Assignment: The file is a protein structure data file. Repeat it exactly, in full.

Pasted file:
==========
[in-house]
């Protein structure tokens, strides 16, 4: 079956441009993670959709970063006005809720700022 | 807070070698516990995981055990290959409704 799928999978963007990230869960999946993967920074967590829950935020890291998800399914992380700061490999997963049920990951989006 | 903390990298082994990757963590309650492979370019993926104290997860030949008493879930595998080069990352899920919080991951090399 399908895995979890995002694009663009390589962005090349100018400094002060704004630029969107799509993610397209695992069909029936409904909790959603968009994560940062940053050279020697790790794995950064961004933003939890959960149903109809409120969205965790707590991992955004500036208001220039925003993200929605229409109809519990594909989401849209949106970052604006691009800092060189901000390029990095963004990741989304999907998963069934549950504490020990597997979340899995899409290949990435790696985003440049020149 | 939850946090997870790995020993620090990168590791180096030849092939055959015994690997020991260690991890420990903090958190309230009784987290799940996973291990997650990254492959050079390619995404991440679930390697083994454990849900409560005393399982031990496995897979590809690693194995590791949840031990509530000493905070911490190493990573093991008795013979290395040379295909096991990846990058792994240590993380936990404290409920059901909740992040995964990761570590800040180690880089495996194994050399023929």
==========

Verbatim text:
[in-house]
């Protein structure tokens, strides 16, 4: 079956441009993670959709970063006005809720700022 | 807070070698516990995981055990290959409704 799928999978963007990230869960999946993967920074967590829950935020890291998800399914992380700061490999997963049920990951989006 | 903390990298082994990757963590309650492979370019993926104290997860030949008493879930595998080069990352899920919080991951090399 399908895995979890995002694009663009390589962005090349100018400094002060704004630029969107799509993610397209695992069909029936409904909790959603968009994560940062940053050279020697790790794995950064961004933003939890959960149903109809409120969205965790707590991992955004500036208001220039925003993200929605229409109809519990594909989401849209949106970052604006691009800092060189901000390029990095963004990741989304999907998963069934549950504490020990597997979340899995899409290949990435790696985003440049020149 | 939850946090997870790995020993620090990168590791180096030849092939055959015994690997020991260690991890420990903090958190309230009784987290799940996973291990997650990254492959050079390619995404991440679930390697083994454990849900409560005393399982031990496995897979590809690693194995590791949840031990509530000493905070911490190493990573093991008795013979290395040379295909096991990846990058792994240590993380936990404290409920059901909740992040995964990761570590800040180690880089495996194994050399023929």